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92 Ford Bronco XLT automatic 5.0 engine swap. Manual 4x4 with auto locking hubs
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Discussion Starter · #1 ·
When ever I try to start when it's warm it takes a while to start and wants to die when it does. I omhed the sensor. At cold I got 39ish, and at warm I got 2.4. that tells me the sensor is ok, right? If it's ok then where do I look next? It a 92 302 automatic.
 

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Yo Rex,
Having issues with my pc.









Try a Self Test for Diagnostic Trouble Codes by my pal, BroncoJoe19 @ Code Reader.....
167388
167389
 

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@Bronco rex - What Bronco do you have? your signature line says, "1992 Ford Bronco XLT automatic with a with an engine swap from a v6 to a 5.0, automatic transmission manual transfer case with auto locking hubs."
'92 Bronco's NEVER had a V6.
Try checking your fuel pressure, use the pressure relief valve and see if the stream of fuel when you bleed down the pressure is clear or has lots of bubbles. I had a fuel pump on my '94 that had internally failed and was mixing a lot of air in with the fuel. (I think the pump was cavitating and pulling in air.) Those bubbles would expand and make the machine hard to start when it was hot and first shut off. Wait about a half hour and it started great.
Here's what the fuel pump looked like when I took it out:

How it got that way I have no idea. There are lots of reasons for a hard start, but as you know how to use a meter, meter your ACT (Air Charge Temperature), I've never see one fail, but maybe it could confuse the PCM a little. If you take it out, be careful cleaning the little sensor, something like carb cleaner spray might work.
 

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Registered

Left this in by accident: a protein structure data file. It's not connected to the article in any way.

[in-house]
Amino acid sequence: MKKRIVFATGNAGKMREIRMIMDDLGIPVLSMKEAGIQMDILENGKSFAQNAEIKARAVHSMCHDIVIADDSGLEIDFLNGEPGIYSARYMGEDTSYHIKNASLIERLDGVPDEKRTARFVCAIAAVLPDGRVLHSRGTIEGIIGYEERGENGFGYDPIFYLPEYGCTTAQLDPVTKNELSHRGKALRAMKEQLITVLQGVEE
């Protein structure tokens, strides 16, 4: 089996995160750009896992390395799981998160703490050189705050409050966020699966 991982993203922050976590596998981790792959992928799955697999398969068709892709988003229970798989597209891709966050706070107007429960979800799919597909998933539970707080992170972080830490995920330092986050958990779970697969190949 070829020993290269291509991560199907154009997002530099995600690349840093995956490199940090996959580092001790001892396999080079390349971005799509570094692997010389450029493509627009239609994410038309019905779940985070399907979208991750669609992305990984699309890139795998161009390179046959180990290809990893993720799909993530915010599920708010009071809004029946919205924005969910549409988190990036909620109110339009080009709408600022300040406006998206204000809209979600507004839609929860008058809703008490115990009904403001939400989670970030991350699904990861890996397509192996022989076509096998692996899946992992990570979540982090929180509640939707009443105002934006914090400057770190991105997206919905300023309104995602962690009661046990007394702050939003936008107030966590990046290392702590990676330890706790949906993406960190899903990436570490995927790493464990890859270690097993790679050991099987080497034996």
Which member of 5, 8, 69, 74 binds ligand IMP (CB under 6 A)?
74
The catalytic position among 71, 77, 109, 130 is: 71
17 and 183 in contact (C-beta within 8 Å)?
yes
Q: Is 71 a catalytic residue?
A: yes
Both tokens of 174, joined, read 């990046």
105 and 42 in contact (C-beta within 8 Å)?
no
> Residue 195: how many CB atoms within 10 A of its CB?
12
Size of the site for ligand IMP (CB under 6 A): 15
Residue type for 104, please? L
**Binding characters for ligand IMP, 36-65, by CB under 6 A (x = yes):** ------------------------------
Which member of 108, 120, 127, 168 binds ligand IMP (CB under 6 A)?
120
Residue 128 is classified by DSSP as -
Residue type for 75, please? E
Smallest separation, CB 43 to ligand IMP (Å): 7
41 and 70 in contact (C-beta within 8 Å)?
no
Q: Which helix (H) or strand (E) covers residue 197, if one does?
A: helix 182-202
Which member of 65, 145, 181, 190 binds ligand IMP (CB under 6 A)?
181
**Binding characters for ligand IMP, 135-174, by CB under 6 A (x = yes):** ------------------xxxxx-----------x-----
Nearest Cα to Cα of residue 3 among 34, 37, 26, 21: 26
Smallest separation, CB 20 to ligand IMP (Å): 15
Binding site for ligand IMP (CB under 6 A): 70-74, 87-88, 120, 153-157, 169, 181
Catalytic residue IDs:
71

92 Ford Bronco XLT automatic 5.0 engine swap. Manual 4x4 with auto locking hubs
Joined
·
66 Posts
Discussion Starter · #4 ·
@Bronco rex - What Bronco do you have? your signature line says, "1992 Ford Bronco XLT automatic with a with an engine swap from a v6 to a 5.0, automatic transmission manual transfer case with auto locking hubs."
'92 Bronco's NEVER had a V6.
Try checking your fuel pressure, us the pressure relief valve and see if the stream of fuel when you bleed down the pressure is clear or has lots of bubbles. I had a fuel pump on my '94 that had internally failed and was mixing a lot of air in with the fuel. (I think the pump was cavitating and pulling in air.) Those bubbles would expand and make the machine hard to start when it was hot and first shut off. Wait about a half hour and it started great.
Here's what the fuel pump looked like when I took it out:

How it got that way I have no idea. There are lots of reasons for a hard start, but as you know how to use a meter, meter your ACT (Air Charge Temperature), I've never see one fail, but maybe it could confuse the PCM a little. If you take it out, be careful cleaning the little sensor, something like carb cleaner spray might work.
Yes I was mistaken with the V6. But the thing is it starts rough after it sits for half an hour. Like when I go shopping then come back.
 
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